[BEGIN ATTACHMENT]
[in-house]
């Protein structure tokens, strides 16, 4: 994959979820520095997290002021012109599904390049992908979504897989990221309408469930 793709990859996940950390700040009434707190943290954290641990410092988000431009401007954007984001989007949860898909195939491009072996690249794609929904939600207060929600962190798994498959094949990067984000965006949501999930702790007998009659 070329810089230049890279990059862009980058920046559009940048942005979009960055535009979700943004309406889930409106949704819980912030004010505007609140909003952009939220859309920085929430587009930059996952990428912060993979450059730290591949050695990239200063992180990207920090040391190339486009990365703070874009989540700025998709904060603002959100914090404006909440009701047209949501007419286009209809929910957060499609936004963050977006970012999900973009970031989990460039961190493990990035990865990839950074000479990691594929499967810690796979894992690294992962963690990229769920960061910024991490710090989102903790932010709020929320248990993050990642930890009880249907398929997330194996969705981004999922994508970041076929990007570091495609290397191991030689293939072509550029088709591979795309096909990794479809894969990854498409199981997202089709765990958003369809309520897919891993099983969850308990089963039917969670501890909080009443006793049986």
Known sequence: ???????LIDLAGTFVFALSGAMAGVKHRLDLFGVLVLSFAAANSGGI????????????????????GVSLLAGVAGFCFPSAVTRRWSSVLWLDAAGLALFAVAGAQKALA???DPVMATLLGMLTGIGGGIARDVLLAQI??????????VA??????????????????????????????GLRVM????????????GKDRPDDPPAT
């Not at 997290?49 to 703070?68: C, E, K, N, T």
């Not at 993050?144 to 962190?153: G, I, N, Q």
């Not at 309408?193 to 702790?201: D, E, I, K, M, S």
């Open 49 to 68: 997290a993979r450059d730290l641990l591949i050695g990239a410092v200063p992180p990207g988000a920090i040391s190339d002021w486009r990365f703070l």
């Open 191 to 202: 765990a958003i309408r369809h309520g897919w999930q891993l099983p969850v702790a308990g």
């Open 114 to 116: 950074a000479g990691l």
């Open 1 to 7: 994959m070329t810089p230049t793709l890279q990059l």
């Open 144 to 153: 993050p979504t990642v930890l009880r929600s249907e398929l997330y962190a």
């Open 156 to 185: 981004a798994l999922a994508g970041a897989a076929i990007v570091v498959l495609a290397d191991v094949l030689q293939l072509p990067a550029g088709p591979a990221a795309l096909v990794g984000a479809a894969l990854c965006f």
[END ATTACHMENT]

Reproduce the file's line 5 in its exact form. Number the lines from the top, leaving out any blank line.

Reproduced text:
């Not at 993050?144 to 962190?153: G, I, N, Q």